This is a really unusual piece by Aspire in a rather unusual setting. The nomadic community garden just off Brick Lane is an example of extreme Bohemian living. A collection of allotment huts, some of which are mini cafes, and a few small plots surrounded by graffiti and street art. It is a completely bonkers public space that has to be seen to be understood.
I would normally associate birds and other wildlife with Aspire, so this rather ghoulish portrayal of Mother Teresa came as a bit of a surprise package. It is definitely by Aspire as it is signed with his characteristic signature in the colours used for the piece. My sister didn’t like this, and I tried to explain to her that it was not typical of his work. Personally I like to see artists switch it up from time to time. A fine piece.
Since Aspire left Bristol for London, it is always such a pleasant surprise to see a new piece by him, because it is always just so unexpected. I guess when he was here, I just took it for granted that there would be a regular supply of amazing birds from this extraordinary artist – now, every single one is treasured as a very special and rare gift.
This beautiful kingfisher is on one of the boards outside the Full Moon pub in Stokes Croft, and I think it might have been done as part of a special event held there, although, I have been away a lot recently and missed it. As always, Aspire never disappoints and the slightly blurred appearance of the bird and the background give a feel for natural movement which brings the piece alive. Still loving his trademark pixels. Stunning piece.
I’m not quite sure how this spot has passed me by until a couple of weeks ago. On the site where my old garage used to be – the place where I got my car MOTd – there is now a large development under construction. I believe that an hotel is being built, although I’m mystified as to why they have chosen to locate one here, it is not exactly a prime site.
There are several Bristol artists featured on this hoarding and the first of these I am witing about is Aspire. His work is always a real treat to find, especially as he now lives in London, and seeing new work by him in Bristol is a rarity. His depiction of birds is in the same category as ATM and Louis Masai and is always an eyebrow-raiser in these urban locations.
In this piece Aspire has painted four pigeons, although these are so beautiful I’d prefer to call them rock doves. In the centre of the picture is, I think, a partridge. I’m not sure of the significance of this…maybe there isn’t any, but it is an unusual assembly of species. Aspire’s work is always brilliant and this piece simply confirms that.
This part of Stokes Croft is quite a difficult area to set up a business, especially in the food sector. There are already quite a lot of cafés and restaurants which cater mostly to the Bohemian set from Montpelier. This particular restaurant ‘Meat Liquor’ was targeted more at the young student market, but I understand it had to close after less than two years, due to incidents in the area and in the restaurant. The area has the highest incidence of drug dealing in Bristol and maybe the closure was connected to that. Anyhow, the hoardings have gone up, and not long after that the graffiti art arrives.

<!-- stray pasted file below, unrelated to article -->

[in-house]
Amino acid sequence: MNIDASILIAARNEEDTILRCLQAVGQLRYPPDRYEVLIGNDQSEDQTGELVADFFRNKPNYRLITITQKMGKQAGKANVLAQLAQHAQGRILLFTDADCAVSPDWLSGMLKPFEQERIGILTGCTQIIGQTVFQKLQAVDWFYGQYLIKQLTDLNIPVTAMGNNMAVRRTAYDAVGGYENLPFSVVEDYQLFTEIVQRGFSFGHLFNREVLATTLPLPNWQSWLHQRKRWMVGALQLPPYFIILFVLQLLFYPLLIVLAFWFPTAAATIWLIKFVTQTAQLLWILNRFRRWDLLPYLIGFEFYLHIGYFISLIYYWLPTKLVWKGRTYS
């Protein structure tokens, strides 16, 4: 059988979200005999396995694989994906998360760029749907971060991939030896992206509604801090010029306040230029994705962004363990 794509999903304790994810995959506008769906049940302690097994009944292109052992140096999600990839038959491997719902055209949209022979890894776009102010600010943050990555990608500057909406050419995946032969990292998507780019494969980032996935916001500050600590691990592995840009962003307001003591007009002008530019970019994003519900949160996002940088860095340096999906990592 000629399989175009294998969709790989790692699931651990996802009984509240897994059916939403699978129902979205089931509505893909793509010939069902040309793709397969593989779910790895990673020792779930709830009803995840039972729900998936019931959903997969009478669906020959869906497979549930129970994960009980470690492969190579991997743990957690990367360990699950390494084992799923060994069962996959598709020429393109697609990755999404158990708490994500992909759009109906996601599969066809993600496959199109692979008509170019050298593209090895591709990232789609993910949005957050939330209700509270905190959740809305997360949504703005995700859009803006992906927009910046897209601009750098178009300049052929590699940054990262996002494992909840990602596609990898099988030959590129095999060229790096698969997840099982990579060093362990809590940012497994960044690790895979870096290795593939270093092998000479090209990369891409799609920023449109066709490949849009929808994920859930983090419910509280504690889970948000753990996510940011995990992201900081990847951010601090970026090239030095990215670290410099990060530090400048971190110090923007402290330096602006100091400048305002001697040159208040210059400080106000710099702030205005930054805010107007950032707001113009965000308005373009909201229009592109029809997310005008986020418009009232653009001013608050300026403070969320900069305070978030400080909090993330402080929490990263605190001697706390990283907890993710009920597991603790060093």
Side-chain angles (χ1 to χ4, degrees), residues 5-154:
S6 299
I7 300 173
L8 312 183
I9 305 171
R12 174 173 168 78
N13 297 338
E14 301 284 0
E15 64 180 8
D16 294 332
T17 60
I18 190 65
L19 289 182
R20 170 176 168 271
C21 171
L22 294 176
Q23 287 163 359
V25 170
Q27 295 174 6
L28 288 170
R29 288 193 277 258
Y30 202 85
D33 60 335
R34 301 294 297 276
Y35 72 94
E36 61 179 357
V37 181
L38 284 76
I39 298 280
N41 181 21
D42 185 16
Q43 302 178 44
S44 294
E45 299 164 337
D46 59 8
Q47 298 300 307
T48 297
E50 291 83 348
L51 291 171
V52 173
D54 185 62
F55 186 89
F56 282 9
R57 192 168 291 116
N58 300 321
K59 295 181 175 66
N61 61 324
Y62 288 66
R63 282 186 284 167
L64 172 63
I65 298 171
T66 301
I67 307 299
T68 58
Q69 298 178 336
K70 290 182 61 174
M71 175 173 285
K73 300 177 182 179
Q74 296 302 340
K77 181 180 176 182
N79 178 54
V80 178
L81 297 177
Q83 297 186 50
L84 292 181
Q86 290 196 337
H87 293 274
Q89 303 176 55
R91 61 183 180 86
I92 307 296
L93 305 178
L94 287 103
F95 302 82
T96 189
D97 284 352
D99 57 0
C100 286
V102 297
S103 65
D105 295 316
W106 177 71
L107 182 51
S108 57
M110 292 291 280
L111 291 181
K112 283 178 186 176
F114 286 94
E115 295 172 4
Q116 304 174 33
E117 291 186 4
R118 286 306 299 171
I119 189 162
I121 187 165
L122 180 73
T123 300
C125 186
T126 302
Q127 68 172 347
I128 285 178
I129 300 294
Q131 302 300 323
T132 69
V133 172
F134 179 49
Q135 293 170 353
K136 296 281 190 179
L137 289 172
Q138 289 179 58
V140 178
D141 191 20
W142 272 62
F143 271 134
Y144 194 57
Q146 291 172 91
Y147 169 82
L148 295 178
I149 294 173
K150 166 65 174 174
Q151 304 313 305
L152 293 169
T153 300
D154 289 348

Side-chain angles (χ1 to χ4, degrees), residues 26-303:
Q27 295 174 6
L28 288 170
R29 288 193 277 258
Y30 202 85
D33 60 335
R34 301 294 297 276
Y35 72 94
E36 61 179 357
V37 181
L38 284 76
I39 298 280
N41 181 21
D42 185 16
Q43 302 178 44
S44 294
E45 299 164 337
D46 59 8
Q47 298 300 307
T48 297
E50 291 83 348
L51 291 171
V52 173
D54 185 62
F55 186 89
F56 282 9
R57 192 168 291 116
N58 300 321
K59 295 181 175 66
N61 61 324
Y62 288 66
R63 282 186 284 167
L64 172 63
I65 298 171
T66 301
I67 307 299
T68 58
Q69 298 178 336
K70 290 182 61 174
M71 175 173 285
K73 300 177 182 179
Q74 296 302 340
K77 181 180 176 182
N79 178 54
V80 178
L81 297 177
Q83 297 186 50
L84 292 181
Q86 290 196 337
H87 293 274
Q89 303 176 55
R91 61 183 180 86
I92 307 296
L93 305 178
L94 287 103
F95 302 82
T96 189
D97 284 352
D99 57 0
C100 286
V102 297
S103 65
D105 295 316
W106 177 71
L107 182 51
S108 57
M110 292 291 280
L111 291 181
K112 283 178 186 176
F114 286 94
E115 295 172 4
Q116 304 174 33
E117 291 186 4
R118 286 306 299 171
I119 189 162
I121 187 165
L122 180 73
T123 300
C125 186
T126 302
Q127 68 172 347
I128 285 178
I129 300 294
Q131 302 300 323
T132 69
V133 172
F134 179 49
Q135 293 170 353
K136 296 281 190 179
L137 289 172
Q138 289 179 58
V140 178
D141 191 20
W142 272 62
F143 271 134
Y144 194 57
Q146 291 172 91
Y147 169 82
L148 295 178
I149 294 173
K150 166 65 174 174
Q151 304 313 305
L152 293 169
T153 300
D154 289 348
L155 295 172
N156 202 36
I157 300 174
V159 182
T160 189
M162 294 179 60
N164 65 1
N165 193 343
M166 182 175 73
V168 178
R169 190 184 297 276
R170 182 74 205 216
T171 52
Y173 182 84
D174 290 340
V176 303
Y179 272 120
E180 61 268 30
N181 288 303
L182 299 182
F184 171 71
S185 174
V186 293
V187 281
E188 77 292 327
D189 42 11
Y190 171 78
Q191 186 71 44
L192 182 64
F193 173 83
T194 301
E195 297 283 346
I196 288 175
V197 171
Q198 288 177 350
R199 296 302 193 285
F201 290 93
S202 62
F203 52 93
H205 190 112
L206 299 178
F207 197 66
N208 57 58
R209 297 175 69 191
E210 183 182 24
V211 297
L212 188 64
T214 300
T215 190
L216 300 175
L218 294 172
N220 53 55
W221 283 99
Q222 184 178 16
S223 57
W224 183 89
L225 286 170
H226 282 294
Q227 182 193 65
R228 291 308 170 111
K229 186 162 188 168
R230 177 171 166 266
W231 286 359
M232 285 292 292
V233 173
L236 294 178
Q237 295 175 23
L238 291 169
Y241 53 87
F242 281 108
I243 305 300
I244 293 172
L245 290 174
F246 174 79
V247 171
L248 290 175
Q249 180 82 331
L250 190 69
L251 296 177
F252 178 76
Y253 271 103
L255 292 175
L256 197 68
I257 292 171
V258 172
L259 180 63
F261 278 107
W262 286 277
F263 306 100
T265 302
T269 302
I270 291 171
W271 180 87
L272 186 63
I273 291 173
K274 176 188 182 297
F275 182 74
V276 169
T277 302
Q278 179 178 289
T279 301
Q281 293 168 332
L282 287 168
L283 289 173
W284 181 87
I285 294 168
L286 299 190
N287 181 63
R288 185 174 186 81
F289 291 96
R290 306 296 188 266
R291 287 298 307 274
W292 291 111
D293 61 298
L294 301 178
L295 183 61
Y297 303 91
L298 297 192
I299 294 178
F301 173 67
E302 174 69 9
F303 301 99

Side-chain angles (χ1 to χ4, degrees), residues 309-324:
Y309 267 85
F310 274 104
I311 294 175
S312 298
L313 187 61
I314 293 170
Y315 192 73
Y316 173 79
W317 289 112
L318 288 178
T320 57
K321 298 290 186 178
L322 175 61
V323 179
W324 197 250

This, I believe, is a collaboration between Ryder and Aspire (the bird man) who must have been visiting from London where he now lives. The writing says Ryder and the bird I think is a turkey, so this must be a festive piece. I looks a little like it might have been done reasonably quickly, but it certainly adds colour and vibrancy to the hoarding.
For the second year running I managed to miss (probably by moments) Aspire at work during Upfest. Actually I have not yet met him, and now that he operates out of London, the chances of that happening are rather remote.
Aspire was allocated one of the really nice walls this year and by the time I got there on the Saturday morning, he was finished and his gear was neatly piled up ready to go. I always know with Aspire that he never fails to delight with his brilliant birds and trademark pixellations.
In this piece he features a rather charming male bullfinch in all his finery.
Well this was a red letter day, oh yes. The day street art arrived in Redland (although we must not forget Cheo’s mural at Redland Station). Big bold and screaming out REDLAND for all to see.
This is a magnificent collaboration between 2Keen, Ryder and Aspire, and during its creation I have had the fortune to stop and talk to 2Keen on a couple of occasions, seeing as it is not at all far away from where I live.
What I did not know is that 2Keen is one of the original Bristol graffiti artists and is held in very high esteem indeed by his peers. This is the first piece of his that I have been aware of, although I might have seen others without realising who they were by.
For those of you not familiar with the geography of Bristol, Redland is a very middle class, aspirational and residential part of the city, and although there is probably widespread appreciation of Bristol’s street art within the local community, it isn’t the sort of thing one expects to see at its heart. I so dearly love it.
2Keen told me that he had mixed reviews while he was working on it. Some people tried to move him on, some stopped to chat, the police took a look and admired the work, but to the shame of Redland some people spat at him. Well heeled…my arse!
I believe the writing is by Ryder, the dodo on the right by the magnificent Aspire, fresh from his Stokes Croft pigeon, and the rest of the fabulous Alice in Wonderland work is by 2Keen.
I’m not sure if it will ever happen, but 2Keen said he’d take me out to spray a wall somewhere and teach me how it all works. I just need to find him again and take him up on the offer. Happy days.